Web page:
To his surprise, she had put out the light. He heard the bolts slide on the front door. Drop the chain, he thought automatically. Double lock… How many times do I have to tell you the bolts are as weak as the screws that hold them in place? Odd all the same: he had somehow supposed she would leave the bolts open in case he might return. Then the bedroom light went on, and he saw her body framed in silhouette in the window as, angel-like, she stretched her arms to the curtains. She drew them almost to her, stopped, and momentarily he feared she had seen him, till he remembered her short-sightedness and her refusal to wear glasses. She’s going out, he thought. She’s going to doll herself up. He saw her head half turn as if she had been addressed. He saw her lips move, and break into a puckish smiles her arms lifted again, this time to the back of her neck, and she began to unfasten the top button of her housecoat. In the same moment, the gap between the curtains was abruptly closed by other, impatient hands.
Oh no, thought Smiley hopelessly. Please! Wait till I’ve gone!
For a minute, perhaps longer, standing on the pavement, he stared in disbelief at the blacked-out window, till anger, shame and finally self-disgust broke in him together like a physical anguish and he turned and hurried blindly back towards the King’s Road. Who was it this time? Another beardless ballet dancer, performing some narcissistic ritual? Her vile cousin Miles, the career politician? Or a one-night Adonis spirited from the nearby pub?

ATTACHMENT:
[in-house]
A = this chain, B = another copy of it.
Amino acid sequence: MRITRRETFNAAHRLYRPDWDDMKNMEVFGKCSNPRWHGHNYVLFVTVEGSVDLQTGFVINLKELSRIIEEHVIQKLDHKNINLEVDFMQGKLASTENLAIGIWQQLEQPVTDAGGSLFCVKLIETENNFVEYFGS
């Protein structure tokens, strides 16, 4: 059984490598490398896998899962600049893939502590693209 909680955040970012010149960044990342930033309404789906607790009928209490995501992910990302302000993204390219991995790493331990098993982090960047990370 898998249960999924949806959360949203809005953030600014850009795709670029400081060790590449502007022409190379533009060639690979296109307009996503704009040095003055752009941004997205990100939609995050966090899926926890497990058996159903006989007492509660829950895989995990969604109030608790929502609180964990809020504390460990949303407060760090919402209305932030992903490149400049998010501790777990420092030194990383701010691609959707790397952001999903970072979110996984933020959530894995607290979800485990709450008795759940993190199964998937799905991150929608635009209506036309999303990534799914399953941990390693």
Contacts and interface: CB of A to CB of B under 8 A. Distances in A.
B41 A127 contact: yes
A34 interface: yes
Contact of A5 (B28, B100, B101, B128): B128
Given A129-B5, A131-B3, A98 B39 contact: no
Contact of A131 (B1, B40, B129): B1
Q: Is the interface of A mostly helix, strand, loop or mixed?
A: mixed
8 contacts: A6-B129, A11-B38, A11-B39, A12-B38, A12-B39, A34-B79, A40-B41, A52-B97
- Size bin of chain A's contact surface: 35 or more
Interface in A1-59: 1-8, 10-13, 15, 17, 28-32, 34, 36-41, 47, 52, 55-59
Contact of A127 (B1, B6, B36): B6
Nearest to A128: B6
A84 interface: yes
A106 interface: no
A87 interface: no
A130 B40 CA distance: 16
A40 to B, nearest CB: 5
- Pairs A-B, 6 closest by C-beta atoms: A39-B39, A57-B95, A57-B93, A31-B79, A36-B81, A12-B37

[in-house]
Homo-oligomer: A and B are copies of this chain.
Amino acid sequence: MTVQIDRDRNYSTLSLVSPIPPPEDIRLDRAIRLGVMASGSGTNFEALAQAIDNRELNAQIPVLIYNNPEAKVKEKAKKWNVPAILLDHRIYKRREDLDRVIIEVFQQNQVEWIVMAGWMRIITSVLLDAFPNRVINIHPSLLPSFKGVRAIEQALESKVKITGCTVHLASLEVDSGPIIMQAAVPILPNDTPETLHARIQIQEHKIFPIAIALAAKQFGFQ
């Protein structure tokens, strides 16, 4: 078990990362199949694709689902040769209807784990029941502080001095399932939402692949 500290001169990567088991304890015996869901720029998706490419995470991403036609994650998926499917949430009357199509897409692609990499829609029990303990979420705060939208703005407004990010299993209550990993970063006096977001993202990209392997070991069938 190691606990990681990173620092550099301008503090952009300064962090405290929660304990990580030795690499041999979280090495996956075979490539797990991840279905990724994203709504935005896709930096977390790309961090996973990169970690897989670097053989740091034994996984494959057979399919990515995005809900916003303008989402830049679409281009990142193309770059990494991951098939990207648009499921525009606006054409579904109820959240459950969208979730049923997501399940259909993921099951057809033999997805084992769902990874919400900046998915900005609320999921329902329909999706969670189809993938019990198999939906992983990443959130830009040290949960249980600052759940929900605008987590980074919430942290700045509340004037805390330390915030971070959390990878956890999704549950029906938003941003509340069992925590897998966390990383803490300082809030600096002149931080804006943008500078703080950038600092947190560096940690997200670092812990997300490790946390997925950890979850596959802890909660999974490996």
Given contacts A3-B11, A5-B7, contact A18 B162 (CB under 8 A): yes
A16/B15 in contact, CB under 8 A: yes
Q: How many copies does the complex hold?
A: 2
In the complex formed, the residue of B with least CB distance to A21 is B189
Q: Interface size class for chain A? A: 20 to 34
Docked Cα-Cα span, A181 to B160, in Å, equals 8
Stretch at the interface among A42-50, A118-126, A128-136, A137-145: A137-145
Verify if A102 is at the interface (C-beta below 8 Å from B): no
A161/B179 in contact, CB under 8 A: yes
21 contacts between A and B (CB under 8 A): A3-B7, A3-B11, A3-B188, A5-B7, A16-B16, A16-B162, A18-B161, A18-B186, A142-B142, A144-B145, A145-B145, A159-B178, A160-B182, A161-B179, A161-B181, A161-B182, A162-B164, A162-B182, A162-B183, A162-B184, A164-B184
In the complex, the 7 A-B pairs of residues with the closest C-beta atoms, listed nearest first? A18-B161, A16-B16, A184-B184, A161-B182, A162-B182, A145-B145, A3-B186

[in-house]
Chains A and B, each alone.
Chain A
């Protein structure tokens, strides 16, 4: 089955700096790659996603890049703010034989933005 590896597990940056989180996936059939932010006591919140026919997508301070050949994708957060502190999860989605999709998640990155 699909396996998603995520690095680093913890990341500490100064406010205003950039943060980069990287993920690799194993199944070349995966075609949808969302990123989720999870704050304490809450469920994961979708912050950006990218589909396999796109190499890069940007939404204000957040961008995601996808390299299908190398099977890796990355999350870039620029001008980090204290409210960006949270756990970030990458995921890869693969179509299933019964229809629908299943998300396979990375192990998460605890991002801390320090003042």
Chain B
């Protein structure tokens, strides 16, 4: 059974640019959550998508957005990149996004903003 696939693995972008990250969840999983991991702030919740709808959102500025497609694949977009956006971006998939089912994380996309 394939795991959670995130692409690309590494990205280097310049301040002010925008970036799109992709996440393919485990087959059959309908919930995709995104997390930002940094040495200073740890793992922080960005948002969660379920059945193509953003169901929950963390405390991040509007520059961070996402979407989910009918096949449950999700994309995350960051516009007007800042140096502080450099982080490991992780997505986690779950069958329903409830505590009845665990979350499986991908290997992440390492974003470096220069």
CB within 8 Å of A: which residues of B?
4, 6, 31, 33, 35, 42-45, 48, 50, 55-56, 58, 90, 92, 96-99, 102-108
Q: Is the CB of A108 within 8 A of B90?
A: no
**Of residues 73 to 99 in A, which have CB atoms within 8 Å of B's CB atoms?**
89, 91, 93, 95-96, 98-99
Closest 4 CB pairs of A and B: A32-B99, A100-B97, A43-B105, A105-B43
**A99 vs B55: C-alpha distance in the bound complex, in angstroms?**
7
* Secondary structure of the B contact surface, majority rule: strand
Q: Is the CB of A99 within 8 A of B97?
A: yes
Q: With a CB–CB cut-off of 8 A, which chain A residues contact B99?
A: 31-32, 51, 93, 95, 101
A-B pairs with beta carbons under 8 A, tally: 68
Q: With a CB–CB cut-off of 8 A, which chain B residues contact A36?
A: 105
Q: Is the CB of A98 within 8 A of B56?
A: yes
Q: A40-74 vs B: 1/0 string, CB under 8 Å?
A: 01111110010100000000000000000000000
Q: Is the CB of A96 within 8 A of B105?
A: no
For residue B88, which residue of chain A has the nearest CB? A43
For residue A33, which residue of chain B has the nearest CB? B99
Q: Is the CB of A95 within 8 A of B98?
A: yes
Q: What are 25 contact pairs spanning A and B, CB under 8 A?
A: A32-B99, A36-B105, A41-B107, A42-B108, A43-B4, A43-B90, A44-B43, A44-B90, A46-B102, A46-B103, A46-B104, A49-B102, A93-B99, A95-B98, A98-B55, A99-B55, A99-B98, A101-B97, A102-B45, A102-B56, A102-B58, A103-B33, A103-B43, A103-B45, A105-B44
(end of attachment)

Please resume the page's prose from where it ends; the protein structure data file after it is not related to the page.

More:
We don’t know what Smiley does after seeing his wife cheating on him. The author cuts away to another scene. Peter Guillam, Smiley’s lieutenant — described as his “cup-bearer” by le Carre — has a subordinate following Smiley on his walk. Fawn the subordinate calls Guillam to tell him he can no longer see Smiley.
“I’ve lost him!” he shouted. “He’s bilked me!”
“Then you’re a bloody idiot,” Guillam retorted with satisfaction.
“Idiot nothing! He heads for home, right? Our usual ritual. I’m waiting for him. I stand off, he’s coming back to the main road. Looks at me. Like I’m dirt. Just dirt. Next thing I know I’m on my own. How does he do it? Where does he go? I’m his friend aren’t I? Who the hell does he think he is? Fat little runt, I’ll kill him!”
Guillam was still laughing as he rang off.
Smiley’s relationship with his wife is not integral to the story. The Honourable Schoolboy, partly set in Hong Kong, is about Russian money, a Chinese businessman, his English mistress, and a newspaper reporter who is also one of Smiley’s secret agents– The Honourable Schoolboy of the title.
Not everyone comes through alive.
Smiley is back in his “little house” in Bywater Street at the end of the novel — but not with his wife. Ann is in Wiltshire. Guillam “called on her in Wiltshire in the hope of bringing about a reconciliation”, writes le Carre, but “the mission failed”.
Guillam remains hopeful, though, to the end of the story.
These days, he says, the old boy is much more himself.
Occasionally he and Ann have lunches, and Guillam personally is convinced that they will simply get together one day and that will be that.